JERUSALEM — When a bomb exploded at a crowded bus stop across from the Binyanei Hauma – Jerusalem International Convention Center last Wednesday afternoon, Chaya Kaye, 19, from Toronto, was waiting at a bus stop nearby.
Chaya Kaye, right, and one of her patients
The Sherut Leumi (National Service) volunteer had just left her place of internship, Shaare Zedek Medical Center, and was waiting for the No. 13 bus to take her to Binyanei Hauma to meet a friend.
“All of a sudden, I had this strange feeling, and then I heard the ambulances,” said Kaye, who started her one-year volunteer program in the hospital’s geriatric ward in September after graduating from Ulpanat Orot, a girls secondary school in Toronto. She called her friend, a seminary student, who was directly across the street from the blast.
“She was in shock. Everyone was. There was tons of traffic and screaming,” Kaye says. She ran the normally 20-minute wa
lk to the site, to be with her friend.
By the time she arrived on the scene, her friend, quite shaken and scared, had already taken a ride back to her seminary. Kaye stayed to help, but soon realized she could be of most assistance at the hospital where she was a volunteer. Many of the wounded, who had been hurt by the flying shrapnel of steel balls, nails and screws embedded in the bomb, had been taken to Shaare Zedek, with the balance going to the Hadassah Ein Kerem Medical Center, Hadassah-Mount Scopus and Bikur Cholim hospitals. Kaye ran back to the hospital.
She went straight to the ER, where she was immediately put to work. “All hands were on deck,” she said.
The severely injured were rushed into surgery, while the less severe cases were treated in the emergency ward. Kaye found herself in a room with five victims who had already received initial treatment.
“They had bandages around their legs, and there was lots of blood. It looked as though their legs had been badly burnt,” Kaye said. She comforted one teenaged victim who was waiting for his mother – stuck in traffic – to arrive at the hospital. “He used my cellphone to call her, and I held the phone to his ear because his hands were bandaged. Seeing this kid in pain and shock was terrible.”
As a regular volunteer helping the elderly in the geriatric rehabilitation ward with their meals, she is often confronted with death. “People die every day. Just today, three people died on my ward,” Kaye said, the day after the terror attack. “Working in the ER during a terror attack was very different. It was scary. But I don’t want to dwell on it. Thank God there was only one death.”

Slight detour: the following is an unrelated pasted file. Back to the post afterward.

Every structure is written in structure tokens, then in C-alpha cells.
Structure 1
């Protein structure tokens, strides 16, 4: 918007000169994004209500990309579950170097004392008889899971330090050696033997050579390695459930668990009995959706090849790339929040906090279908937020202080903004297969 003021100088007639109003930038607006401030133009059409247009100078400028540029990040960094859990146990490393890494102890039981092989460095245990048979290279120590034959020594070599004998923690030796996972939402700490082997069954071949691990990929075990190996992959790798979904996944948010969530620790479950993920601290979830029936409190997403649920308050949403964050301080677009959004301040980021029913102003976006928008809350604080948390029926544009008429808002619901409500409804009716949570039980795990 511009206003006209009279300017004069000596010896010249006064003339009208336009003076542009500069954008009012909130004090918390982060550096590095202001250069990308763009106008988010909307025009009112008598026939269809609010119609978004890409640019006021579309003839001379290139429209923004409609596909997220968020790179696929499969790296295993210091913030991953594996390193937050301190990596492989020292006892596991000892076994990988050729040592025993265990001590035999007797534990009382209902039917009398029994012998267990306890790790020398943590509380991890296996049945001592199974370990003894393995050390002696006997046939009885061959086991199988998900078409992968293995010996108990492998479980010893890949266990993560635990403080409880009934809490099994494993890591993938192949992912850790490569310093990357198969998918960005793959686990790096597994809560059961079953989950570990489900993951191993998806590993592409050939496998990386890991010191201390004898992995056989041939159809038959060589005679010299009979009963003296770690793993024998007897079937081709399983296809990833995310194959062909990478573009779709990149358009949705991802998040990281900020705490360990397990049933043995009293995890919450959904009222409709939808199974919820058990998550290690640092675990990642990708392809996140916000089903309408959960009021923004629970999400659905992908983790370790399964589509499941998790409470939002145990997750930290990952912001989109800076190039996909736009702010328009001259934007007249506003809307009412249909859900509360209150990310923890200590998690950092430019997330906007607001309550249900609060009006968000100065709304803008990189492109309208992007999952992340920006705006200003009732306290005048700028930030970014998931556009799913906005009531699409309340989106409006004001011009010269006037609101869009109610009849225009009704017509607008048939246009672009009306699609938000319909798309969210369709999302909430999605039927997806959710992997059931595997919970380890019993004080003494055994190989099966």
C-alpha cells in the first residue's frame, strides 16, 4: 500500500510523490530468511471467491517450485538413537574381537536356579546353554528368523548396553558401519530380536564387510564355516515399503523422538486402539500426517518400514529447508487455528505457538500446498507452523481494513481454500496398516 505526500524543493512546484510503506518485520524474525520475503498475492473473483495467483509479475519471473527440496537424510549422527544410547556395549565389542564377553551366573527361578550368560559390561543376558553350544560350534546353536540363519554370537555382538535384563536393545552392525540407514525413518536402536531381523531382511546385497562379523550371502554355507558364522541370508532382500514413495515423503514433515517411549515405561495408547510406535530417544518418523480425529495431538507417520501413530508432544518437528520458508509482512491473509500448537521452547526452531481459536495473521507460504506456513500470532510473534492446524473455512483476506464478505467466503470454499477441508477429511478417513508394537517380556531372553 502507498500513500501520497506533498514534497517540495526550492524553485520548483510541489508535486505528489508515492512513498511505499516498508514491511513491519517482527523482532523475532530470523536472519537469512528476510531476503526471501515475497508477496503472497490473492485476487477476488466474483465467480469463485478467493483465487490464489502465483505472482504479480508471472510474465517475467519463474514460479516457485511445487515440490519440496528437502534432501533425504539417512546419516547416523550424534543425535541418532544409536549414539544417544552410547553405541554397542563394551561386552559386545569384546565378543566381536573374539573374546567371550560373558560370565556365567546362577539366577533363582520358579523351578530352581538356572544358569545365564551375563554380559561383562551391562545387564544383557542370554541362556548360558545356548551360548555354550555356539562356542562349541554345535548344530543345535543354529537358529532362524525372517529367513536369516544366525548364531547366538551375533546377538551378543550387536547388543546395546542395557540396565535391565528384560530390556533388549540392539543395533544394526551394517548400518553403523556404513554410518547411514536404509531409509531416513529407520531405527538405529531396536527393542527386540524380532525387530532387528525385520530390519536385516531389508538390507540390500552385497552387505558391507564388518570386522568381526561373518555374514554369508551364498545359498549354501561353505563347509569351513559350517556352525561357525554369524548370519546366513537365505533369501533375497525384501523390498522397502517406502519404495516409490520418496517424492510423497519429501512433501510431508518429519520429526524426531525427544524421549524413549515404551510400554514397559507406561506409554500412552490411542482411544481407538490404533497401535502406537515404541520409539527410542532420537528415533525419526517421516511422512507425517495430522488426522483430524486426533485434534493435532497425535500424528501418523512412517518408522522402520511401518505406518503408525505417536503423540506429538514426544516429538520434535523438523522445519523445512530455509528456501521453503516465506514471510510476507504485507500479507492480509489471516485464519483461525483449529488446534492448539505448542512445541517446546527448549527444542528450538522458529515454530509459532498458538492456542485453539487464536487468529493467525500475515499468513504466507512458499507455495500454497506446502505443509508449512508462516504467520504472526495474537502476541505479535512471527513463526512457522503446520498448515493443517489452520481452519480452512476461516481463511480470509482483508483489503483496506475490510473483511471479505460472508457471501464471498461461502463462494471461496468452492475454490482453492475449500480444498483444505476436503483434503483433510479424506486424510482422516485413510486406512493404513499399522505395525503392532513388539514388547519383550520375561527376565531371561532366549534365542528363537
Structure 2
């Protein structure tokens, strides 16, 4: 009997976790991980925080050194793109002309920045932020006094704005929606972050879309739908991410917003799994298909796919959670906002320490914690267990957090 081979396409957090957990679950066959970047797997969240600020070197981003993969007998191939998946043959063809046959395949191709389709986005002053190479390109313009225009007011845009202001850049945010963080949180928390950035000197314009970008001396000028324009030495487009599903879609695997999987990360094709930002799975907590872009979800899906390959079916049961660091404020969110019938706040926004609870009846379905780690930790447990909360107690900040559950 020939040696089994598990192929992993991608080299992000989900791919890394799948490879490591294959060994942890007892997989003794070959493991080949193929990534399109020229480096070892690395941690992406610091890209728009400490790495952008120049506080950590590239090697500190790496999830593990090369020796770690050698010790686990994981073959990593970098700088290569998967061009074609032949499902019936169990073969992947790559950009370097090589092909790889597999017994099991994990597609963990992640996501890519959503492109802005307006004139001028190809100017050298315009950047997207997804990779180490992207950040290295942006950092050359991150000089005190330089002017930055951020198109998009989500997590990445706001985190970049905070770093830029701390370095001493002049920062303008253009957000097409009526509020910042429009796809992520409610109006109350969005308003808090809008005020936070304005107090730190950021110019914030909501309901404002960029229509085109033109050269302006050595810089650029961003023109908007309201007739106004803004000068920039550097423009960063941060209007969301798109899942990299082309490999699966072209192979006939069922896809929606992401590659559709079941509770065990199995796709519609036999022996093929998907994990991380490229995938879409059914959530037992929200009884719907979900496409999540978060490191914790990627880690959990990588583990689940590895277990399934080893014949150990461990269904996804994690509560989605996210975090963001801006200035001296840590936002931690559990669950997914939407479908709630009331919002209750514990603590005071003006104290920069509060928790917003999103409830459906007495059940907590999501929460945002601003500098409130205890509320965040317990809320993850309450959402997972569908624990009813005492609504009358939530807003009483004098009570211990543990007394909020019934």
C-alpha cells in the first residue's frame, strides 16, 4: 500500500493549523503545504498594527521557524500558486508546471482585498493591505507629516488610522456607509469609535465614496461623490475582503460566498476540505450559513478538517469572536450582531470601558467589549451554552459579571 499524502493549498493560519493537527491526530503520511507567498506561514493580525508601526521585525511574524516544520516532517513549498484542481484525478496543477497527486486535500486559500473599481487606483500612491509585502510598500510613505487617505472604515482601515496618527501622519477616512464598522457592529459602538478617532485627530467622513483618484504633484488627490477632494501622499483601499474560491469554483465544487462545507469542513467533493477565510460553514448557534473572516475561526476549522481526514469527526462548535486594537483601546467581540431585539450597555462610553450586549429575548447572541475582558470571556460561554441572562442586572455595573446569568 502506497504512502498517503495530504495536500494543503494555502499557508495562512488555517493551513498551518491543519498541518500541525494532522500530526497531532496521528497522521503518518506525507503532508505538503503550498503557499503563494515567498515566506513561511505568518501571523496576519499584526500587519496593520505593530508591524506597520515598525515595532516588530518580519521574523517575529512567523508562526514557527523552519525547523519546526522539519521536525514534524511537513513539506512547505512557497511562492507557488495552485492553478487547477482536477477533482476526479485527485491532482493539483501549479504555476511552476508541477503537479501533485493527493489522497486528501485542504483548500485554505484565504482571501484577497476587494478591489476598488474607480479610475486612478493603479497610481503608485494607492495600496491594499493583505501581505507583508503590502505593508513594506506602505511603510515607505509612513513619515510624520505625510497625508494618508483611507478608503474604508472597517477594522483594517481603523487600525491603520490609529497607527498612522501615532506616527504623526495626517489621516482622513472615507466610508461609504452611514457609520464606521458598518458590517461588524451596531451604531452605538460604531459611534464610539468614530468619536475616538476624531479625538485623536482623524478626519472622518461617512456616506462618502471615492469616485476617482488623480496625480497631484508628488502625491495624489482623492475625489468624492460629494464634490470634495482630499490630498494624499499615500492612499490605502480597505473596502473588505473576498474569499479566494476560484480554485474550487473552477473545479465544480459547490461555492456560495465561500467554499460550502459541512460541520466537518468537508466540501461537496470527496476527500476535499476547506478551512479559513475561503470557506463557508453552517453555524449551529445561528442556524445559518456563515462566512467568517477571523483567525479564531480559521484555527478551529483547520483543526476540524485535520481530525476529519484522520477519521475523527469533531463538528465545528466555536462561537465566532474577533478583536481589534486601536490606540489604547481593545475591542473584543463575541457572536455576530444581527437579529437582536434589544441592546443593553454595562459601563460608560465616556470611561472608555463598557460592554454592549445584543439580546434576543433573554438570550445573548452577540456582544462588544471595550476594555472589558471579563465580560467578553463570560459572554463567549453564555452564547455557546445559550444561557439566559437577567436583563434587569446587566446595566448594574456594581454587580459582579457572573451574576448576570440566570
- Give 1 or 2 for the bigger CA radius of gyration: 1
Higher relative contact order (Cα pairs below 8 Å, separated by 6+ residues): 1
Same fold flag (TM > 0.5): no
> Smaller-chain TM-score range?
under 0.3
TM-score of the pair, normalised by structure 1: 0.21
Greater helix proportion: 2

Kaye said she was surprised to discover how efficiently the ER operated in response to the attack. “They are very organized, thank God. If this happened anywhere else in the world, it would not have been as organized as it was. They are very on top of things.”
According to Kaye’s friend, Vivi Stahl, an interning physician at Shaare Zedek, the hospital’s efficiency can be attributed to its staff’s extraordinary experience in dealing with multi-casualty incidents.
“It was so efficient last night because they know exactly what they’re doing. Everybody is prepared,” said Stahl, 29, “Most of the staff are seasoned veterans and worked through the last intifadah, when [terror attacks] like this happened on a regular basis.”
Stahl, originally from Teaneck, N.J., helped a few victims of the bombing who were rushed to the internal medicine ward where she works. She said the strangest part of the event was having to continue working side-by-side with Arab colleagues.
“The truth is that it was really hard to look them in the face. It was tense,” she said, adding that usually, the Jewish and Arab doctors and nurses not only work together, but are great friends. “But we had to move past it very quickly, because when you’re trying to save a patient, nothing that’s going on outside matters. That’s just the way medicine is.”
For Stahl, it was strange just to be there. “I wasn’t watching it on TV. I was actually [there],” she said.
The experience affected her deeply. “I went into the volunteer program to make a contribution, and for the first time, I really felt needed by my country,” she said.